Seven Axis Robots
The number of axes of industrial robots can vary. Six-axis robots are the most common for robotic automation, but other axis configurations such as three-axis, four-axis, and above are also used to automate manufacturing processes. There are some scenarios in which an axis configuration either lower or higher than six may be more advantageous.
Seven-axis robots fall under the category of high-DOF robots since they have more than six axes. Seven-axis robots are gradually being used more as robotic applications become more complex and manufacturers look towards more general purpose robots. There are two configurations for a seven-axis robot. The first consists of an articulated robot structure with an additional axis in the robotic manipulator arm. The extra axis allows the robot to be able to bend its arm to avoid peripheral objects without moving its EOAT and to better access workpieces. The Motoman VA1400 is an example of a seven-axis articulated robot. The second seven-axis configuration is an RTU with a six-axis robot. The track system of an RTU is considered the seventh axis when integrated with a six-axis robot. The seventh axis enables the robot to travel linearly along the track from one side of a factory to the other or in between workstations. Mounting the FANUC M710ic/50 to a track system allows it to automate a sequence of applications due to the mobility provided by the seventh axis.
Applications for Seven-Axis RobotsSeven-axis robots can be used to automate material handling applications. RTUs are especially beneficial for material handling automation as they speed up the transfer of parts in part transfer or pick and place tasks. Integrating the FANUC M-20ia with an RTU allows it transfer parts several feet within seconds. Seven-axis robots can also be beneficial for automated machine tending, machine loading/unloading, and injection molding applications. Seven-axis welding robots are also starting to catch on with both FANUC and Yaskawa Motoman releasing seven-axis articulated robots for welding automation. FANUC’s R-1000ia/120F-7B is one of their latest R-1000 robots and is capable of automating spot welding. The VA1400 from Yaskawa Motoman is specifically designed for arc welding automation with an extra axis.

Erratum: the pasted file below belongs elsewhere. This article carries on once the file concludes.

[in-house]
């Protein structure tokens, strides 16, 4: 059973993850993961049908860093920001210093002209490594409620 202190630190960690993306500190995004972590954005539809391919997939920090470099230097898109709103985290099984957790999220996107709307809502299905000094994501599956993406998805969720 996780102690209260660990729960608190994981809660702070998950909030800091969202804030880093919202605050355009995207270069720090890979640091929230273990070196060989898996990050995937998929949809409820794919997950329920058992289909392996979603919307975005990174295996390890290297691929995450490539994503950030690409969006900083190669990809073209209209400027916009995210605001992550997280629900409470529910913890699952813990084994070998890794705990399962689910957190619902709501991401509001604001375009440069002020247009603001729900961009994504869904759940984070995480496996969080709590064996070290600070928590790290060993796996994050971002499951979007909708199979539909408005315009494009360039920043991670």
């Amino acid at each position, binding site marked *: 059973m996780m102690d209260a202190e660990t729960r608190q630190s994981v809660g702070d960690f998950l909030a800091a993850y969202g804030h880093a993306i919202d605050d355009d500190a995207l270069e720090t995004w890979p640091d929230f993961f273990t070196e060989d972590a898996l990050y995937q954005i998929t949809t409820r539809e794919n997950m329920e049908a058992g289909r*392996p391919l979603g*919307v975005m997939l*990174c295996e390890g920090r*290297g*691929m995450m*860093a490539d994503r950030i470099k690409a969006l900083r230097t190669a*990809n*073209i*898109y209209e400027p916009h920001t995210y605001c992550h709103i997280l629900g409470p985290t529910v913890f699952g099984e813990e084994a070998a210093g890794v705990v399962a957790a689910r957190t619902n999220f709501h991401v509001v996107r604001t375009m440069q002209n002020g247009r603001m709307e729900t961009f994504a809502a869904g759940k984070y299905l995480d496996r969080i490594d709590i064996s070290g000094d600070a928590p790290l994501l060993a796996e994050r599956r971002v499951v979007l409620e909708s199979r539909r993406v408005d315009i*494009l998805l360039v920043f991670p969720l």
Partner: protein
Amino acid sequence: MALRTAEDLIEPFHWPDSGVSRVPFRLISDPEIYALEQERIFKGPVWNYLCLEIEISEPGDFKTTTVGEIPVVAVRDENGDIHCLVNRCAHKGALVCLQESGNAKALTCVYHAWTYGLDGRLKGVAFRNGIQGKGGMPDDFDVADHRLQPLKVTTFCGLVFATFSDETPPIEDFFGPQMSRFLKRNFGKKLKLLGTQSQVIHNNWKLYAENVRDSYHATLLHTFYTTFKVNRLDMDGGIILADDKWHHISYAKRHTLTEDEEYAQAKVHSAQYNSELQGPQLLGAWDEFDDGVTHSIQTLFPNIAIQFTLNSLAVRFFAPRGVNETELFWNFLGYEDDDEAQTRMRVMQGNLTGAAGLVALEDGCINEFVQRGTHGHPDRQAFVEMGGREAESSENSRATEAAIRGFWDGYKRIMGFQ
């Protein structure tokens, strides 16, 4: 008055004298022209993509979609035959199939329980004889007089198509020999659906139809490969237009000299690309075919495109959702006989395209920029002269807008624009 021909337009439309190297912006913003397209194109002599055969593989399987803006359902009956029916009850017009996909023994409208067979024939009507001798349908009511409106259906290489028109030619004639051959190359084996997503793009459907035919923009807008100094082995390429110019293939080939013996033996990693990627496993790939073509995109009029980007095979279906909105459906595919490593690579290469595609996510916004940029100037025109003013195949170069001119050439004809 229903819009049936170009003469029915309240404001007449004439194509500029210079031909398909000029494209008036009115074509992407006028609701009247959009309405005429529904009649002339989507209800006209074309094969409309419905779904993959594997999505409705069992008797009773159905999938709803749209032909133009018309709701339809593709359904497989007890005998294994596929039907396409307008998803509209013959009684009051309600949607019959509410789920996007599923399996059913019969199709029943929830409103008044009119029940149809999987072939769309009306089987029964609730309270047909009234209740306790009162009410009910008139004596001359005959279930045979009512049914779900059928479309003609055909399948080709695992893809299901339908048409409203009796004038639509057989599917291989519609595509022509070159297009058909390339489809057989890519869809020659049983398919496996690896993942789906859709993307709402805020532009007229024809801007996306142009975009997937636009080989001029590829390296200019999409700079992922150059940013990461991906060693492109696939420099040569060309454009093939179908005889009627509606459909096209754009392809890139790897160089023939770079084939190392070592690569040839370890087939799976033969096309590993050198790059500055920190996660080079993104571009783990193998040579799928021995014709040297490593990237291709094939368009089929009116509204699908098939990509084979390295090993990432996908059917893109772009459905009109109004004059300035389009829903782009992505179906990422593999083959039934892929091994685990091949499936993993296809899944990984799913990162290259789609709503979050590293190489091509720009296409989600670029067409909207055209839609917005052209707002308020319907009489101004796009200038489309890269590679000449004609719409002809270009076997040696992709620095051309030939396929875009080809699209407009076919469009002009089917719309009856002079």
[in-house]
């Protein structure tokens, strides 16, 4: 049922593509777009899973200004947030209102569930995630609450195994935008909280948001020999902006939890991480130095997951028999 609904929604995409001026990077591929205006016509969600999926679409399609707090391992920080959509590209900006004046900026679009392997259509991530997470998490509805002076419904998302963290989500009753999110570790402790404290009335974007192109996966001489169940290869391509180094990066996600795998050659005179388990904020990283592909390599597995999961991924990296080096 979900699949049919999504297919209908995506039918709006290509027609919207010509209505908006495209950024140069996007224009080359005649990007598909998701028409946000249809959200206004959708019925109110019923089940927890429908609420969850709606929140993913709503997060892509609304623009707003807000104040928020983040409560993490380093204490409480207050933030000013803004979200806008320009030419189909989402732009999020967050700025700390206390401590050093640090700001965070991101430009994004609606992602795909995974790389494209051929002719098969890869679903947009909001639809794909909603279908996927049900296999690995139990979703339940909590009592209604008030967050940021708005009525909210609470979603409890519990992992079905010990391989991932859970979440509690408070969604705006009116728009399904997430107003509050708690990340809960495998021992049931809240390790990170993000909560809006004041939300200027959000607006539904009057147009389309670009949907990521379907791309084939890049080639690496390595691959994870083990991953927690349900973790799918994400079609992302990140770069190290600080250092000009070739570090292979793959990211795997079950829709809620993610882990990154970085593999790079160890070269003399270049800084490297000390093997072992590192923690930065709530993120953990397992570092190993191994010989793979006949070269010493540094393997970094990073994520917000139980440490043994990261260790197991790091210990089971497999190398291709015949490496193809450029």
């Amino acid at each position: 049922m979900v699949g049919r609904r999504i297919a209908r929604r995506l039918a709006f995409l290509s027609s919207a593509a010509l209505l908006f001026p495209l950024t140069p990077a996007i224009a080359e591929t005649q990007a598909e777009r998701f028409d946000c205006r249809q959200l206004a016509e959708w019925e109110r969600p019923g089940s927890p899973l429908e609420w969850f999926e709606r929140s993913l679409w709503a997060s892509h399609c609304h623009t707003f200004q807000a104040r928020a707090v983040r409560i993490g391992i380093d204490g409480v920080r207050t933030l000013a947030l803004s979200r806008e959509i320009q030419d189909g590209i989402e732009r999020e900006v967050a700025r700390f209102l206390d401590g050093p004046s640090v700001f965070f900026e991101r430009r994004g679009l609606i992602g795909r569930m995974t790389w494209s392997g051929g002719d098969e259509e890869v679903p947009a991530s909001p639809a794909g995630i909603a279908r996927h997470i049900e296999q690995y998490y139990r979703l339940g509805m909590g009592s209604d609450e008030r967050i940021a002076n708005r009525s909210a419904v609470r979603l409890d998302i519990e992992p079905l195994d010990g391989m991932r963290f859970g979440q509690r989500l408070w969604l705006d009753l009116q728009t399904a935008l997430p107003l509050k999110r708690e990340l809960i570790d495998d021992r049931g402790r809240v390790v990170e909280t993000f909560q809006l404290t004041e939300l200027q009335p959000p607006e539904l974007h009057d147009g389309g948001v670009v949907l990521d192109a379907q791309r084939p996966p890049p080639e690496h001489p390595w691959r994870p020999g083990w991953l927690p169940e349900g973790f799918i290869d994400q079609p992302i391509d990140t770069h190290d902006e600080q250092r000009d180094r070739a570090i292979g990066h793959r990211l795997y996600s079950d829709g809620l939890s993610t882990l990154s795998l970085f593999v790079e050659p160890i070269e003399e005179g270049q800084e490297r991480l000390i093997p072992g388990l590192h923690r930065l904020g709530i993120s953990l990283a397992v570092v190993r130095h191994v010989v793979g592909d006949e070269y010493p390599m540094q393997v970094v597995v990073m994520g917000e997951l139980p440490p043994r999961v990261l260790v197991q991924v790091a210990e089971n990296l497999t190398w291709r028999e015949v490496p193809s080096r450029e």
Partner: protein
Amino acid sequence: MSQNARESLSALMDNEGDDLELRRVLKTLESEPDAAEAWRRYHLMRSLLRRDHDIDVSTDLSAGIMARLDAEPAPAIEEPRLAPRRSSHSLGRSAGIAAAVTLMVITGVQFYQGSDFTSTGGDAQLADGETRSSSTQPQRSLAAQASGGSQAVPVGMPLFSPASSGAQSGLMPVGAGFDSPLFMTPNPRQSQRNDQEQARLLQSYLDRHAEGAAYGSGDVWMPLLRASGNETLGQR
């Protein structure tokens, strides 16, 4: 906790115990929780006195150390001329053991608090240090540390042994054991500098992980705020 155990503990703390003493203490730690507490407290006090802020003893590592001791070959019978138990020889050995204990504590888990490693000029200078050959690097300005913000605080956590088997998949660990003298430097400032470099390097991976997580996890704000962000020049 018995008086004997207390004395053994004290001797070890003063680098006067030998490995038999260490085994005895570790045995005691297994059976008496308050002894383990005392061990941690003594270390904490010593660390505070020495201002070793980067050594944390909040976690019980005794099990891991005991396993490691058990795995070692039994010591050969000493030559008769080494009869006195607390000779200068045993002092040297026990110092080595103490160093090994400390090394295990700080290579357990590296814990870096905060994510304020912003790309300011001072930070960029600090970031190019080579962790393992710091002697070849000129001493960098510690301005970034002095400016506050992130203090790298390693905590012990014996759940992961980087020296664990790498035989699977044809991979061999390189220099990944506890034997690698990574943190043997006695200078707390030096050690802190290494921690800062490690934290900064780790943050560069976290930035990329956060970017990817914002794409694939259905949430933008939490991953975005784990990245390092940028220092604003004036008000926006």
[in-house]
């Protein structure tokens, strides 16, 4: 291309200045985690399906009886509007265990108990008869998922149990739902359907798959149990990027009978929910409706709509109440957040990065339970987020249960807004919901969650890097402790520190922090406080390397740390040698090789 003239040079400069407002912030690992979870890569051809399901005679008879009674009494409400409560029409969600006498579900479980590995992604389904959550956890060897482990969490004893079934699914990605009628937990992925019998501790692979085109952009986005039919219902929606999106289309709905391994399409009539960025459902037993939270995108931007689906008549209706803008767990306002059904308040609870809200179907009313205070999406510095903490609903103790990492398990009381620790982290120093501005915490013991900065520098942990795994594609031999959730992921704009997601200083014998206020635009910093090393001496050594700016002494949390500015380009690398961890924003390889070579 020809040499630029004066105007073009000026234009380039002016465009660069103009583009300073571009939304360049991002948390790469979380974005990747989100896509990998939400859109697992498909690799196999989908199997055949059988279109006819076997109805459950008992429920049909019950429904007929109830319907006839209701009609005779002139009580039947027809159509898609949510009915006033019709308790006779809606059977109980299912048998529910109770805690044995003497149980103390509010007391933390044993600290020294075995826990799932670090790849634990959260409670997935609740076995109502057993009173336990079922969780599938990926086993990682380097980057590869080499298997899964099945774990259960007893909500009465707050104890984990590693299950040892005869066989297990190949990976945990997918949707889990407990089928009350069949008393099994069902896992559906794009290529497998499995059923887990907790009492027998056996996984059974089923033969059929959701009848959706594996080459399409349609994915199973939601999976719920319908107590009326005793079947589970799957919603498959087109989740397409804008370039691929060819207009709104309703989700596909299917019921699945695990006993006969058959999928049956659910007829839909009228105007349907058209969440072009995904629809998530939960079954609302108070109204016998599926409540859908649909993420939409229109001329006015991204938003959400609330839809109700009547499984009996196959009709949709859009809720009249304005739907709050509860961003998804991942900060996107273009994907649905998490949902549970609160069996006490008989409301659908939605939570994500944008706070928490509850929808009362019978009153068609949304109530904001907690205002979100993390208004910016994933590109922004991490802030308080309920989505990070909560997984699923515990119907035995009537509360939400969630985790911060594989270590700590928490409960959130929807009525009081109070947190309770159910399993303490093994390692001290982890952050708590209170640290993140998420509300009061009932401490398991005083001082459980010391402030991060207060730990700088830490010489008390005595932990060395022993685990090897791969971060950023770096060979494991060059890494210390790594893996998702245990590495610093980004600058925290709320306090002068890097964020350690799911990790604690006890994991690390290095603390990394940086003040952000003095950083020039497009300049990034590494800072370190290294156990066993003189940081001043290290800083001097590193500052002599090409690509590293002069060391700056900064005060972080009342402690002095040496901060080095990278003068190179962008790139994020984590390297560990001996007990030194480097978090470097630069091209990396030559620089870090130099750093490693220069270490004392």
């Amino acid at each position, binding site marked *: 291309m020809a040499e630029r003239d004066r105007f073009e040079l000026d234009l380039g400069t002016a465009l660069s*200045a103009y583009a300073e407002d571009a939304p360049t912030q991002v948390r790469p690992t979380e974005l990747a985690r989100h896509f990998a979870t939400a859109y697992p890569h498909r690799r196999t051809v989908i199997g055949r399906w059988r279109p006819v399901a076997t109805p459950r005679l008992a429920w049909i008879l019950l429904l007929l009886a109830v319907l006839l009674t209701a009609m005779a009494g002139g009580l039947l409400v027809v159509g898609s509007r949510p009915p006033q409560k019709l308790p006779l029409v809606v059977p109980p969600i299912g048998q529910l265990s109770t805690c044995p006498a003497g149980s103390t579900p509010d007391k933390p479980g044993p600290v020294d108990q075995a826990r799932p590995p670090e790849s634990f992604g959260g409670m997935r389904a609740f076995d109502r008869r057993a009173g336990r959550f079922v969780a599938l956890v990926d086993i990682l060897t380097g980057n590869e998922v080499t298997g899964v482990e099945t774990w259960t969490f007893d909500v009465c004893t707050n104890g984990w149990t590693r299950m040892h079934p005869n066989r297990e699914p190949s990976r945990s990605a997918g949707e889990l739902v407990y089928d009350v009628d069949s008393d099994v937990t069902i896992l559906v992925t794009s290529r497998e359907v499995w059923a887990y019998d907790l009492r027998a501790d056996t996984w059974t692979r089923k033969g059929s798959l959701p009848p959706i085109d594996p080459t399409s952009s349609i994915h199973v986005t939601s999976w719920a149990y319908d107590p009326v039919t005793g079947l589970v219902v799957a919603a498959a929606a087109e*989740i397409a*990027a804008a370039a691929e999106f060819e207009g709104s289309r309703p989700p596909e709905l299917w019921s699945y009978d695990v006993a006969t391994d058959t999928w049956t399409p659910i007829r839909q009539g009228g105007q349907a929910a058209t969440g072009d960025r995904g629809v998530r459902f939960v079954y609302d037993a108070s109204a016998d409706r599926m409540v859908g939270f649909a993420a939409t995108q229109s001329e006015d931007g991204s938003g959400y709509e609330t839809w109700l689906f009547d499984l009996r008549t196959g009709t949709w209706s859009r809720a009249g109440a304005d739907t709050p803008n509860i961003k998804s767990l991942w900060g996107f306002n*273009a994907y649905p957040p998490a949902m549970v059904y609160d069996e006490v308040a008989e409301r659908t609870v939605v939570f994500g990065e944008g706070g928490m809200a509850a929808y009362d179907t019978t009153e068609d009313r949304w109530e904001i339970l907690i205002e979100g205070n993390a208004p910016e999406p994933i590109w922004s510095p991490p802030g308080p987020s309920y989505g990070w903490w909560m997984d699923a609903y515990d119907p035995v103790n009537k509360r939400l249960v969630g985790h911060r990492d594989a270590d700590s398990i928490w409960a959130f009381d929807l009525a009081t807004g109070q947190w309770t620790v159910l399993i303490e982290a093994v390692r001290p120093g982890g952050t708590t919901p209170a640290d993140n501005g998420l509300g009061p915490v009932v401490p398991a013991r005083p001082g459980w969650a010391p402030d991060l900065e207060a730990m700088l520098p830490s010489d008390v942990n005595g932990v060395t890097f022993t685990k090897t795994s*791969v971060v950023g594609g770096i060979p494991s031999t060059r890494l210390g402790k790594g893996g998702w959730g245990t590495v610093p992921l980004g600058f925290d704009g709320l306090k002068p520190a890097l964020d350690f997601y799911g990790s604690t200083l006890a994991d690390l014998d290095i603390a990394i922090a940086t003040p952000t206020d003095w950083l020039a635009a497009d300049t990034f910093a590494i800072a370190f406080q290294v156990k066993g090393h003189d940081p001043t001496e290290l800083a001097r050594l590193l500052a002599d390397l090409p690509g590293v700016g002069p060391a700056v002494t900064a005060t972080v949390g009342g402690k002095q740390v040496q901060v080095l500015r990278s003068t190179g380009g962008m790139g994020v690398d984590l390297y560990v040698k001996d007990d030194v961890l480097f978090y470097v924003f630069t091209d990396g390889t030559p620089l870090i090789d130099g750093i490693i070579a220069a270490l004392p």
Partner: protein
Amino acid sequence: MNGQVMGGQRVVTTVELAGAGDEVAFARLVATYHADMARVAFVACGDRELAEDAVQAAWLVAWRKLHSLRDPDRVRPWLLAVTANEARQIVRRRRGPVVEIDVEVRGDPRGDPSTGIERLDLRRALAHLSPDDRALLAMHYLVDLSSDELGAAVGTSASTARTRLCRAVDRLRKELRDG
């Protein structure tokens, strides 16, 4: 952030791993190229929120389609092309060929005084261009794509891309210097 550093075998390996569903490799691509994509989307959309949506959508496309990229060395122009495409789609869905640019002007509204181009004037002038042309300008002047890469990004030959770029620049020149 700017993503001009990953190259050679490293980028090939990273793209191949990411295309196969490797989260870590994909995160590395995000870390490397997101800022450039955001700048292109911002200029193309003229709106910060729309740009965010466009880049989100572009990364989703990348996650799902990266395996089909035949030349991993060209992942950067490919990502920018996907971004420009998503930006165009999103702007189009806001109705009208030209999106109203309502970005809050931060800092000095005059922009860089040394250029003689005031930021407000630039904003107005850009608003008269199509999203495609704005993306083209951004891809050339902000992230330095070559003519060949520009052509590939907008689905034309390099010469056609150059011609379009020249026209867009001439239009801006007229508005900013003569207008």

Benefits of Seven-Axis RobotsAutomating with a seven-axis robot allows for better tooling positioning, especially when working with parts with complex geometries. The extra axis provides greater mobility to maneuver or bend the robotic arm around parts. The extra axis also provides greater tooling stability as the robot can bend its elbow to move around an object without having to move its end-effector. Seven-axis robots may also reduce the peripheral equipment needed to complete your robotic system, helping to save on purchase and integration costs. Since seven-axis robots are able to maneuver around parts, repositioning is avoided and peripheral equipment such as robotic positioners are not needed.
Having an extra robotic axis can also increase the reliability of the robot’s operation by avoiding object interference. Since seven-axis robots have an additional degree of freedom they are able to avoid peripheral objects and collisions better than six-axis robots. Preventing interference from peripherals avoids unnecessary downtime and unexpected stoppages for greater uptime and reliability.